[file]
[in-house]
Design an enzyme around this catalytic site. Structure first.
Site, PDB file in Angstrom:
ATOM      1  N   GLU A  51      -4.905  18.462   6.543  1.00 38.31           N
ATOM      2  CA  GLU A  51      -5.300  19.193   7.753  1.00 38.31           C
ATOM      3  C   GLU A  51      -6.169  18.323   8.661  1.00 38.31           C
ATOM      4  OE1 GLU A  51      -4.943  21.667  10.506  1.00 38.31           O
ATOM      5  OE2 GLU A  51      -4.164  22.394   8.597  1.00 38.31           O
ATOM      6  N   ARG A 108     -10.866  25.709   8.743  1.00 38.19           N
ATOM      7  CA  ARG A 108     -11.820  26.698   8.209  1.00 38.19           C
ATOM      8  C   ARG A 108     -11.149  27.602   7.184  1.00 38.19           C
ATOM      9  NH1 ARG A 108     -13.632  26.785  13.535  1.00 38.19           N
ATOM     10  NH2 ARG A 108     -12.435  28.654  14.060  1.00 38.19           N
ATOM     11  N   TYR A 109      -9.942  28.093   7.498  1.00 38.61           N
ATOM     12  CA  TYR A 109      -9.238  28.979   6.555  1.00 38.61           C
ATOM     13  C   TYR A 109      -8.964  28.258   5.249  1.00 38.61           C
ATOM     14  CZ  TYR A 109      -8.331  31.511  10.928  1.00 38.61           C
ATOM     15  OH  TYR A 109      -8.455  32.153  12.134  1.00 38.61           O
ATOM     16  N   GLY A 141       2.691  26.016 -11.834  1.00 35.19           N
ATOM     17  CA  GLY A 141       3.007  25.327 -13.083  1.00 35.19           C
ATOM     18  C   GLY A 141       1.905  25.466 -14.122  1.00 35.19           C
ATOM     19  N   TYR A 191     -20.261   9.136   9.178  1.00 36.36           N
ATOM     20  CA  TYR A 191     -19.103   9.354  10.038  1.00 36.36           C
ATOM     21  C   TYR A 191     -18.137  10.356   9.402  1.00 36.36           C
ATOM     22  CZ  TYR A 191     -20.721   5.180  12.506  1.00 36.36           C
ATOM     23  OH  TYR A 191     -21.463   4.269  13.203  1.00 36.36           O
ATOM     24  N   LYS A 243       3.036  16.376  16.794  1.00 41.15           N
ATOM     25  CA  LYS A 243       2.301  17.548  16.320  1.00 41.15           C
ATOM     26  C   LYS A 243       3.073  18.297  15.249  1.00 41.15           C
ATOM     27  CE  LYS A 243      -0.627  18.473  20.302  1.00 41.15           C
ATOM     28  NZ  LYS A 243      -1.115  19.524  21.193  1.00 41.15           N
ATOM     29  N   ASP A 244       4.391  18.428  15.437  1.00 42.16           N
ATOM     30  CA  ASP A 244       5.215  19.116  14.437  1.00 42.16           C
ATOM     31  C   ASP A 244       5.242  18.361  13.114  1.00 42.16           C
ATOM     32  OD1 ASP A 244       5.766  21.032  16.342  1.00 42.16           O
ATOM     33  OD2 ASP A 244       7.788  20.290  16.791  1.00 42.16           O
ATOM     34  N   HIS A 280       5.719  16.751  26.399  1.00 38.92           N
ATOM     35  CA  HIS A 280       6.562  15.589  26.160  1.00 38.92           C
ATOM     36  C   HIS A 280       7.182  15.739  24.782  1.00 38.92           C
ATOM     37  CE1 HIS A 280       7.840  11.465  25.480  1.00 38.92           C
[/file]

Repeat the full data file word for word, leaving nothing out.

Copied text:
[in-house]
Design an enzyme around this catalytic site. Structure first.
Site, PDB file in Angstrom:
ATOM      1  N   GLU A  51      -4.905  18.462   6.543  1.00 38.31           N
ATOM      2  CA  GLU A  51      -5.300  19.193   7.753  1.00 38.31           C
ATOM      3  C   GLU A  51      -6.169  18.323   8.661  1.00 38.31           C
ATOM      4  OE1 GLU A  51      -4.943  21.667  10.506  1.00 38.31           O
ATOM      5  OE2 GLU A  51      -4.164  22.394   8.597  1.00 38.31           O
ATOM      6  N   ARG A 108     -10.866  25.709   8.743  1.00 38.19           N
ATOM      7  CA  ARG A 108     -11.820  26.698   8.209  1.00 38.19           C
ATOM      8  C   ARG A 108     -11.149  27.602   7.184  1.00 38.19           C
ATOM      9  NH1 ARG A 108     -13.632  26.785  13.535  1.00 38.19           N
ATOM     10  NH2 ARG A 108     -12.435  28.654  14.060  1.00 38.19           N
ATOM     11  N   TYR A 109      -9.942  28.093   7.498  1.00 38.61           N
ATOM     12  CA  TYR A 109      -9.238  28.979   6.555  1.00 38.61           C
ATOM     13  C   TYR A 109      -8.964  28.258   5.249  1.00 38.61           C
ATOM     14  CZ  TYR A 109      -8.331  31.511  10.928  1.00 38.61           C
ATOM     15  OH  TYR A 109      -8.455  32.153  12.134  1.00 38.61           O
ATOM     16  N   GLY A 141       2.691  26.016 -11.834  1.00 35.19           N
ATOM     17  CA  GLY A 141       3.007  25.327 -13.083  1.00 35.19           C
ATOM     18  C   GLY A 141       1.905  25.466 -14.122  1.00 35.19           C
ATOM     19  N   TYR A 191     -20.261   9.136   9.178  1.00 36.36           N
ATOM     20  CA  TYR A 191     -19.103   9.354  10.038  1.00 36.36           C
ATOM     21  C   TYR A 191     -18.137  10.356   9.402  1.00 36.36           C
ATOM     22  CZ  TYR A 191     -20.721   5.180  12.506  1.00 36.36           C
ATOM     23  OH  TYR A 191     -21.463   4.269  13.203  1.00 36.36           O
ATOM     24  N   LYS A 243       3.036  16.376  16.794  1.00 41.15           N
ATOM     25  CA  LYS A 243       2.301  17.548  16.320  1.00 41.15           C
ATOM     26  C   LYS A 243       3.073  18.297  15.249  1.00 41.15           C
ATOM     27  CE  LYS A 243      -0.627  18.473  20.302  1.00 41.15           C
ATOM     28  NZ  LYS A 243      -1.115  19.524  21.193  1.00 41.15           N
ATOM     29  N   ASP A 244       4.391  18.428  15.437  1.00 42.16           N
ATOM     30  CA  ASP A 244       5.215  19.116  14.437  1.00 42.16           C
ATOM     31  C   ASP A 244       5.242  18.361  13.114  1.00 42.16           C
ATOM     32  OD1 ASP A 244       5.766  21.032  16.342  1.00 42.16           O
ATOM     33  OD2 ASP A 244       7.788  20.290  16.791  1.00 42.16           O
ATOM     34  N   HIS A 280       5.719  16.751  26.399  1.00 38.92           N
ATOM     35  CA  HIS A 280       6.562  15.589  26.160  1.00 38.92           C
ATOM     36  C   HIS A 280       7.182  15.739  24.782  1.00 38.92           C
ATOM     37  CE1 HIS A 280       7.840  11.465  25.480  1.00 38.92           C